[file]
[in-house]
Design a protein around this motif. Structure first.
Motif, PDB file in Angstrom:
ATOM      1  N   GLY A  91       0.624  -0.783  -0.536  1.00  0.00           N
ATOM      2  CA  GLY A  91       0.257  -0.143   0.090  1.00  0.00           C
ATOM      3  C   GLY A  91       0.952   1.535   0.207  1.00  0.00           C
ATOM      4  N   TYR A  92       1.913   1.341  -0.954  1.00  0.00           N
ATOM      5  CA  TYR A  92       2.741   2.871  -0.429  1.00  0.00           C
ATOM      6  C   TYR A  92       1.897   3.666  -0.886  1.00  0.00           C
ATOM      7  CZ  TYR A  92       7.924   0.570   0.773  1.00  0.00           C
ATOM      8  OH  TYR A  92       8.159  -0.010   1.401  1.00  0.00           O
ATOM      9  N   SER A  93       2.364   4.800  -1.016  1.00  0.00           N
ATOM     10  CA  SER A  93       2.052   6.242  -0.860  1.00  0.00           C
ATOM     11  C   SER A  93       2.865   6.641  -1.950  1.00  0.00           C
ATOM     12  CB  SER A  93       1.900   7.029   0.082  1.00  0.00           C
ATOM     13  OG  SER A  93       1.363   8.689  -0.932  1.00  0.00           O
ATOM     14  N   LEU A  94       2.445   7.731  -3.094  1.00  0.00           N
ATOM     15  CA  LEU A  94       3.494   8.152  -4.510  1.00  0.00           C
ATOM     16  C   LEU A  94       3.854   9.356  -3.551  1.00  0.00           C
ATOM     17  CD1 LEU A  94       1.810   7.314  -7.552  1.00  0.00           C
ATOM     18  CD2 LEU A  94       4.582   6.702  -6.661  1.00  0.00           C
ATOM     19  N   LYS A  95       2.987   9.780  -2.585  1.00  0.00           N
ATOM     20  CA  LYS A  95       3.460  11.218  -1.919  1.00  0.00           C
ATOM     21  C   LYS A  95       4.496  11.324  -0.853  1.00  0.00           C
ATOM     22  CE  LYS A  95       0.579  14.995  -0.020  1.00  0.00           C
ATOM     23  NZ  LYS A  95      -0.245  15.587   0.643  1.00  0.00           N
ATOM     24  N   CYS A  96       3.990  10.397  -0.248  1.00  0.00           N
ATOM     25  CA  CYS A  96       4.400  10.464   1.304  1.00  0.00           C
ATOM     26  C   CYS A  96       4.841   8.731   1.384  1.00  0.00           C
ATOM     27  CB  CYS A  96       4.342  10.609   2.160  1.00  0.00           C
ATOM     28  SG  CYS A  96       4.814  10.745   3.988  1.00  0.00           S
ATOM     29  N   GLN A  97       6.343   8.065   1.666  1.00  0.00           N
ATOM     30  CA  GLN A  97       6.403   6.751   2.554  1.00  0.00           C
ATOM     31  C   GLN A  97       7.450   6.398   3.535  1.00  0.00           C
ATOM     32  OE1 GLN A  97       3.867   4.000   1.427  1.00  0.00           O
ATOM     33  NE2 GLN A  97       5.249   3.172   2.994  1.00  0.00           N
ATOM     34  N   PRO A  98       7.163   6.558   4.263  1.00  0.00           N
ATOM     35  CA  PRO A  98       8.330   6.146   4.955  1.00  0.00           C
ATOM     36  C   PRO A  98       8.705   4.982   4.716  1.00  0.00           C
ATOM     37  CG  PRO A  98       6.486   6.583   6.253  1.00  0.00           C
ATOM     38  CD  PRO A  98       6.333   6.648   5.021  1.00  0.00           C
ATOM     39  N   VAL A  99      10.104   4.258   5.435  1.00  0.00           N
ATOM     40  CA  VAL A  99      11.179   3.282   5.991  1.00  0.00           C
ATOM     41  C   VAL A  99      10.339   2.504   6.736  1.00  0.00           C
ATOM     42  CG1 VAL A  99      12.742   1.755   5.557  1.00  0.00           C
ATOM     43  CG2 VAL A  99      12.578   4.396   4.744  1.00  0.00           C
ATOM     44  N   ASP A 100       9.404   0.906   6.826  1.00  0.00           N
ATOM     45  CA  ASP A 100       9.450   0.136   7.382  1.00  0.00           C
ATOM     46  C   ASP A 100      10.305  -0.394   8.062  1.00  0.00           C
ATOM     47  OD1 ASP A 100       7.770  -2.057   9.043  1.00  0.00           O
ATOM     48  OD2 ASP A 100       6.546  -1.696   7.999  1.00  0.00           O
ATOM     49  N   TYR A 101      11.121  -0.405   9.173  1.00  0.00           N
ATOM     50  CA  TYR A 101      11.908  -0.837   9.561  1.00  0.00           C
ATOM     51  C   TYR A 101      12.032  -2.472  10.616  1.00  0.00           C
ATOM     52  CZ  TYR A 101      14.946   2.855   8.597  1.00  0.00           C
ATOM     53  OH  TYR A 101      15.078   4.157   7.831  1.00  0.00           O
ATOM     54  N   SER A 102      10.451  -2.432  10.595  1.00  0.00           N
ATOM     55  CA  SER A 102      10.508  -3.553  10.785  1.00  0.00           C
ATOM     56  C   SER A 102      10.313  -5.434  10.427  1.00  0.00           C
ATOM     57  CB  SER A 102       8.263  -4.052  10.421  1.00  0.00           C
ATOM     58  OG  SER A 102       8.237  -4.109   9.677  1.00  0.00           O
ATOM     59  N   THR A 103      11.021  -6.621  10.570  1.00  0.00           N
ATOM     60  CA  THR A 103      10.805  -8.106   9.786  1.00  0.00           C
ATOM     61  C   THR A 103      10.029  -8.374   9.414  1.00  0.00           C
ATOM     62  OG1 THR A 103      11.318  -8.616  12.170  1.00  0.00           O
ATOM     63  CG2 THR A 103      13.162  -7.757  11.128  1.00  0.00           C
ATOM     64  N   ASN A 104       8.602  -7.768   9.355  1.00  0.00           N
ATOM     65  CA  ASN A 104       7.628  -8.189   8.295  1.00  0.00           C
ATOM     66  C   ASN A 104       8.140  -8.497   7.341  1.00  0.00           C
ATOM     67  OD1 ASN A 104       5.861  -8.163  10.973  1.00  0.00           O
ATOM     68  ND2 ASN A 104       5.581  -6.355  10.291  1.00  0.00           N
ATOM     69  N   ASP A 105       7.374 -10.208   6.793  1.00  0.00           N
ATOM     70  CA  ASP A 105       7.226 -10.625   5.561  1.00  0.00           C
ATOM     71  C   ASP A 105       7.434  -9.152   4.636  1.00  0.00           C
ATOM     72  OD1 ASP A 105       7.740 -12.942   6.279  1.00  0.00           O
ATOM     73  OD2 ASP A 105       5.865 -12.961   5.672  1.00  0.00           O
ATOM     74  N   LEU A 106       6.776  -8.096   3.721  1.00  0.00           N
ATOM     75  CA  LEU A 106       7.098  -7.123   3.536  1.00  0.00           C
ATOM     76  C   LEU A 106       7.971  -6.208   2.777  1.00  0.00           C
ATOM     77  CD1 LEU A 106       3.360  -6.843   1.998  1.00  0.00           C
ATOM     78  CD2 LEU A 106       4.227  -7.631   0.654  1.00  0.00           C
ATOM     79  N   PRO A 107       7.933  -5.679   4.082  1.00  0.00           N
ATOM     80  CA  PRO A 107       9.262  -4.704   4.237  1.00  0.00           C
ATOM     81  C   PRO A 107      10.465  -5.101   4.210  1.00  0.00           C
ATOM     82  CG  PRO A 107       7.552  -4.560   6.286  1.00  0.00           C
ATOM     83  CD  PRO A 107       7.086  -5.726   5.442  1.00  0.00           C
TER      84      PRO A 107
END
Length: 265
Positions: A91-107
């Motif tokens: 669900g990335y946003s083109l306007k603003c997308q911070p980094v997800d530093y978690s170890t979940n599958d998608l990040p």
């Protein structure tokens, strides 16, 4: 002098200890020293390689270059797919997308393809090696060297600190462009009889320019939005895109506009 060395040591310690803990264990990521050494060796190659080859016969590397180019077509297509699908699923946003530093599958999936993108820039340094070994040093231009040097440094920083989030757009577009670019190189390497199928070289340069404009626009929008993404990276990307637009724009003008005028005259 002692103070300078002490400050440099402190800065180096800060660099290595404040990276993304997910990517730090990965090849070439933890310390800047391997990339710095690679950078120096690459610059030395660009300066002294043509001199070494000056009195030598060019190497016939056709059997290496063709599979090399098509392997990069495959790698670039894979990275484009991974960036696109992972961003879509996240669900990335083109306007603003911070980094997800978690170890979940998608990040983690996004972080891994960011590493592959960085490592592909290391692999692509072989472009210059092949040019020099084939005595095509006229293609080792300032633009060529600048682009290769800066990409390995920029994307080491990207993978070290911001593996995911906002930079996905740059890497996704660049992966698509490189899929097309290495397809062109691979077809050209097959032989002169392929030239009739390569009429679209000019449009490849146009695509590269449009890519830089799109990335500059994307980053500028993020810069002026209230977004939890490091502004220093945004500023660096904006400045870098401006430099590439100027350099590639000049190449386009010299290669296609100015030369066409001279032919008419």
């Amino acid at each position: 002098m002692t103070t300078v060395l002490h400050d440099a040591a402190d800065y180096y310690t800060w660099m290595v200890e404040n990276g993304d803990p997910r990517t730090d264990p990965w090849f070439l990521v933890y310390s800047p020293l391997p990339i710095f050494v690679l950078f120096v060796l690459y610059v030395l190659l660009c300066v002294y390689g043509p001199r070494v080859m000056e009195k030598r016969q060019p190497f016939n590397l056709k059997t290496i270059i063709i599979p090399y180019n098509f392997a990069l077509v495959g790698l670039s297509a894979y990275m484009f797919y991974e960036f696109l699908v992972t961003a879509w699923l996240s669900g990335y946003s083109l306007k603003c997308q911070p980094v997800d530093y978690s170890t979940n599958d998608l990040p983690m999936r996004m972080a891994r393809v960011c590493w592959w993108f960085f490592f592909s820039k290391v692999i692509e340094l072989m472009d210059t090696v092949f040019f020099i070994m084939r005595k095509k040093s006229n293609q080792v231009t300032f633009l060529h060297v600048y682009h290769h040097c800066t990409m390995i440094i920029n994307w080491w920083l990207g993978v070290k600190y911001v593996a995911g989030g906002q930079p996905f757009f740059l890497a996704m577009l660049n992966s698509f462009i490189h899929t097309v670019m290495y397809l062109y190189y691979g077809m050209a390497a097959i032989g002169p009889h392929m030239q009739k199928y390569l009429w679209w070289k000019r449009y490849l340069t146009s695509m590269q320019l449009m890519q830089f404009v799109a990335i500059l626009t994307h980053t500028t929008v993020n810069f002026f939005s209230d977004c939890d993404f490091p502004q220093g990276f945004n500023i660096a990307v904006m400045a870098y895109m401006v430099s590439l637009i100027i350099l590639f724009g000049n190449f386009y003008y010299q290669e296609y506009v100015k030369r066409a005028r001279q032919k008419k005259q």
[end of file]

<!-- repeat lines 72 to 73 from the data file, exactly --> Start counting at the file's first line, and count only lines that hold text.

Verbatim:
ATOM     69  N   ASP A 105       7.374 -10.208   6.793  1.00  0.00           N
ATOM     70  CA  ASP A 105       7.226 -10.625   5.561  1.00  0.00           C